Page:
I am a master's student in ecology and evolutionary biology mentored by Rob Moyle. My research focuses on the population genetics and phylogeography of Orthotomus tailorbirds endemic to the Philippine island of Luzon.
Inferring evolutionary relationships using coalescent, phylogenetic, and population genetic models
B.S. in ecology, behavior, and evolution from the University of California, Los Angeles, 2009
Summer Institute in Statistical Genetics Scholarship: $1800
Ida H. Hyde Scholarship for Women in Science: $2200
KU EEB Departmental Summer Scholarship: $1400
KU Graduate Research Fellowship: $1500
KU Biodiversity Institute Panorama Grant: $1000
National Science Foundation Graduate Research Fellowship Honorable Mention: Host-parasite population genetics and coevolution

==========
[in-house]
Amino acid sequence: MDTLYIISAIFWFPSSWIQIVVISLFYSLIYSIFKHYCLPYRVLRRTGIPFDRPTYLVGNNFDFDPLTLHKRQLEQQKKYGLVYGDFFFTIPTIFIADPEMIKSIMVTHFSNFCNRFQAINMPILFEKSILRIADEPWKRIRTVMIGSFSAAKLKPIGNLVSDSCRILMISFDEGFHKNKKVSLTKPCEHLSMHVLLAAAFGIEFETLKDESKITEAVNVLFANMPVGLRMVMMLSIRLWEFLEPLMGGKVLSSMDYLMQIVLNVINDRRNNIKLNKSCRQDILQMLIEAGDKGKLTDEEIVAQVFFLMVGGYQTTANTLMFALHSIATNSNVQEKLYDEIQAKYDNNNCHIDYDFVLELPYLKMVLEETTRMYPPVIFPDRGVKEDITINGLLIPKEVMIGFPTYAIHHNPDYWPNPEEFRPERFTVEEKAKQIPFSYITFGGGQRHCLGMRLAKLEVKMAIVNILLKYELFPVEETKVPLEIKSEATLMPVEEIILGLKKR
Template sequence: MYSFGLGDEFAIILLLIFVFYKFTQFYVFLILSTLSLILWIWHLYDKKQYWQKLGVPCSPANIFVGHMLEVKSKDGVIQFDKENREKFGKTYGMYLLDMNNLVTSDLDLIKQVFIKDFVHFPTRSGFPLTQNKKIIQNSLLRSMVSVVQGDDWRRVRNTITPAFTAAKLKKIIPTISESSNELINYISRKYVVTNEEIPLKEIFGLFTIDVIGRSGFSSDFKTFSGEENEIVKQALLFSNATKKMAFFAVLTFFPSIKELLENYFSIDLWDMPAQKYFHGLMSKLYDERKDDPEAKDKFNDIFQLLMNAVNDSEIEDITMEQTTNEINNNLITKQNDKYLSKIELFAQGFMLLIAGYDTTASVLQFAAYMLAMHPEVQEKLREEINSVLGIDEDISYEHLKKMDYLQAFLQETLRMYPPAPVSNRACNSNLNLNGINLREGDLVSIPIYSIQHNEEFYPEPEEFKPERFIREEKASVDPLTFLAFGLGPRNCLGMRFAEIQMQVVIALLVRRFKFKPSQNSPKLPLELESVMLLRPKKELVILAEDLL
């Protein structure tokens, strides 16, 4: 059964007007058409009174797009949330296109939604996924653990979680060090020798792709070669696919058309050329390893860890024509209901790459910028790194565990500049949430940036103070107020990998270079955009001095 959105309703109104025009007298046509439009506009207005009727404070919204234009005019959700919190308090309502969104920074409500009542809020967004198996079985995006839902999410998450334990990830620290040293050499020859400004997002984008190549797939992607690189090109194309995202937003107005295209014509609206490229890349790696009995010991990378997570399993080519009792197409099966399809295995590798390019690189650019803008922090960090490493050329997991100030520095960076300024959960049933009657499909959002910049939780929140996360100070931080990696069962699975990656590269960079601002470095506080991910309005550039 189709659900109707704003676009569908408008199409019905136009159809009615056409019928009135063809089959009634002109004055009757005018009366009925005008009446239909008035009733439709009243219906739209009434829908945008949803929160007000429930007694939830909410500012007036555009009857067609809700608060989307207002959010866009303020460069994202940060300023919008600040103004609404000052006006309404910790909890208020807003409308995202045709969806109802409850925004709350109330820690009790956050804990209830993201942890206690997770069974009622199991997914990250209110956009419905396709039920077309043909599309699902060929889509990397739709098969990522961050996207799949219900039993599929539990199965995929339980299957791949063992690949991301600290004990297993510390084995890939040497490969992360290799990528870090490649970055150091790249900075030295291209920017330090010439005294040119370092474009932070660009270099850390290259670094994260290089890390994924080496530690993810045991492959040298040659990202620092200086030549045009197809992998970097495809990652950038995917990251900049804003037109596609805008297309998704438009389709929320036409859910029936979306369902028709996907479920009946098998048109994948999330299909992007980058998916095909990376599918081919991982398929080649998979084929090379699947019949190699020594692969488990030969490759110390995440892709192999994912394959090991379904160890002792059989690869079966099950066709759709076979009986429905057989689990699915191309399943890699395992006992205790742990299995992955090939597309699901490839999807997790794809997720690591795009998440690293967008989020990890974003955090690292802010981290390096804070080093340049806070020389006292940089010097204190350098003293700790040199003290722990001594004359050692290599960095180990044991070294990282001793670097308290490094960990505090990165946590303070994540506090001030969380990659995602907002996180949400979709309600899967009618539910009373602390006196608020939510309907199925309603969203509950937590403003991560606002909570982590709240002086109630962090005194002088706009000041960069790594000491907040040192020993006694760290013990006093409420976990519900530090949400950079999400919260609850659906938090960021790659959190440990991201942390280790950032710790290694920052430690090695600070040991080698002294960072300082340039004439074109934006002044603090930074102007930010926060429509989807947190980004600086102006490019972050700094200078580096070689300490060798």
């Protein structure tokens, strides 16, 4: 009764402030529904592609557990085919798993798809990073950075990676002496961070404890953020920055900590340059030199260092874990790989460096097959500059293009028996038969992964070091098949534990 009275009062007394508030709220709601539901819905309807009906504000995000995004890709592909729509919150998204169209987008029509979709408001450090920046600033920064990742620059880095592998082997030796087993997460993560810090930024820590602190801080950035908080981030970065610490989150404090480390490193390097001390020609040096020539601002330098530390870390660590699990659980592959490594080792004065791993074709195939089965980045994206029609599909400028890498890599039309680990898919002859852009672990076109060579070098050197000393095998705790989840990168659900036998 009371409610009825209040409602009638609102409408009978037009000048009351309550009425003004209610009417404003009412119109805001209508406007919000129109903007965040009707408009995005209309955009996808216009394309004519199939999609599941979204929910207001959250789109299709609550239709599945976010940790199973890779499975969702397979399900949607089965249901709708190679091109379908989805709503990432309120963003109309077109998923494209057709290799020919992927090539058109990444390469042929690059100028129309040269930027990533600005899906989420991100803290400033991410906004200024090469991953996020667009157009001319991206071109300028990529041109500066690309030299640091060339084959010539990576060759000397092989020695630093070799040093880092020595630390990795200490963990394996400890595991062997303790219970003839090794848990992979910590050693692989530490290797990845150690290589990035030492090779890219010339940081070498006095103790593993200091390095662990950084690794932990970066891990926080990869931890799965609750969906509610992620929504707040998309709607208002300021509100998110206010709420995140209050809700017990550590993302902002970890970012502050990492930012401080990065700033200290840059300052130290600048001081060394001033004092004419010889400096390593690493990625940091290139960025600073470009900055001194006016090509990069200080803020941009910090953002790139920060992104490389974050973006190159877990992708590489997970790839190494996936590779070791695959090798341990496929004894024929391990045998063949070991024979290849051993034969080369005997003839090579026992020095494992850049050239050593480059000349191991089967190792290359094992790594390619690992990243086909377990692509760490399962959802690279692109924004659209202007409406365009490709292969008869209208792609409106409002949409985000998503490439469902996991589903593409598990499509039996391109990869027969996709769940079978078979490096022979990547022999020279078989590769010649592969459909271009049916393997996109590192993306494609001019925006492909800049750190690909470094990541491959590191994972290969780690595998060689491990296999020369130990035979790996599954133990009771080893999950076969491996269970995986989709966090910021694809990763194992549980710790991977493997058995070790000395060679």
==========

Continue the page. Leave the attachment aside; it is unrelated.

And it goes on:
Distinguishing genetic introgression from competing evolutionary hypotheses in an island bird system (Passeriformes: Cisticolidae). Jones, R. M., Moyle, R. G. KU Graduate Student Retreat, November 2012.
More than one type of tenure: anthropogenic noise affects individual-level and chorus-level tenure in the frog Dendropsophus microcephalus. Kaiser, K., Alloush, M., Jones, R. M., Martineau, K., Marczak, S., Oliva, M. V., Narins, P. M. Annual Meeting of the Society for Integrative and Comparative Biology, Seattle, WA, 2010
Kaiser, K., Alloush, M., Jones, R. M. , Marczak, S., Martineau, K., Oliva, M. V., and Narins, P. M. When sounds collide: Effects of anthropogenic noise on frog calling behavior. Joint Meeting of Ichthyologists and Herpetologists, Portland, OR, 2009.